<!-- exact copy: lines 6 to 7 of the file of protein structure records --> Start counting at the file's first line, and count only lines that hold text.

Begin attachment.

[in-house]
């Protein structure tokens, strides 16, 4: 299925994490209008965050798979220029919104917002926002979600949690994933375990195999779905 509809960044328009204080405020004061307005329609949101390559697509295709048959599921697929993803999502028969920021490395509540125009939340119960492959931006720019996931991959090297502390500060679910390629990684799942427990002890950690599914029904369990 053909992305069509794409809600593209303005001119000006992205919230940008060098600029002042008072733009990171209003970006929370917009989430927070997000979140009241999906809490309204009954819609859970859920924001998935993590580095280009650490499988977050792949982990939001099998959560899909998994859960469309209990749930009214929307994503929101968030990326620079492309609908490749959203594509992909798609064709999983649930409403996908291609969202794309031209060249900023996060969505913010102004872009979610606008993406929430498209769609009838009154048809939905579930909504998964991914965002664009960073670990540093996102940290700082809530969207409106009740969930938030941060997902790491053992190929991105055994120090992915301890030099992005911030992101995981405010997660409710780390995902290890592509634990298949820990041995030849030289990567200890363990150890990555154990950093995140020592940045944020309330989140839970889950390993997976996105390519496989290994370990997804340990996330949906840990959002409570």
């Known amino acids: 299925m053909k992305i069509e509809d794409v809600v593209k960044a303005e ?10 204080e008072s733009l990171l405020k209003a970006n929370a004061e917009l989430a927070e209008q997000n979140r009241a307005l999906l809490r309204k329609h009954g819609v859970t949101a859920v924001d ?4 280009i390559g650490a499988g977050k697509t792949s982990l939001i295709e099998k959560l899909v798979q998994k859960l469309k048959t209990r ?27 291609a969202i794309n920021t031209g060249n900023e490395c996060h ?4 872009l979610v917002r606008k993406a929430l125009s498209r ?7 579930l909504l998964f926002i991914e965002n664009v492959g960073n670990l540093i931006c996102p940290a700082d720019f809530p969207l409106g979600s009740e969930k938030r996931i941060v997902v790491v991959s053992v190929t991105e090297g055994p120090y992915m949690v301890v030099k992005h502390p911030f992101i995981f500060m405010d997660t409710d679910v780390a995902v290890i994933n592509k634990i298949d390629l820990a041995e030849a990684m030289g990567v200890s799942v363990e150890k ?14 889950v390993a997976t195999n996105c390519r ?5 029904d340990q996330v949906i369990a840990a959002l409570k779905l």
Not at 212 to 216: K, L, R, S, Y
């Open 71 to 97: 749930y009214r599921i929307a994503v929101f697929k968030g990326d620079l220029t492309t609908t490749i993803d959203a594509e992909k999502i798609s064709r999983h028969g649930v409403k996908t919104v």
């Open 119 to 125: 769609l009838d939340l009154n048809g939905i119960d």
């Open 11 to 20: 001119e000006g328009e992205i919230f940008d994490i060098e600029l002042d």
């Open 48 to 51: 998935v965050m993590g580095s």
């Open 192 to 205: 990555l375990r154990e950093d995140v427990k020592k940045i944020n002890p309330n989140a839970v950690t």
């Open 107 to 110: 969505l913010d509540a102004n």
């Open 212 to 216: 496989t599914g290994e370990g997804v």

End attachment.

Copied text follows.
């Open 119 to 125: 769609l009838d939340l009154n048809g939905i119960d």
């Open 11 to 20: 001119e000006g328009e992205i919230f940008d994490i060098e600029l002042d």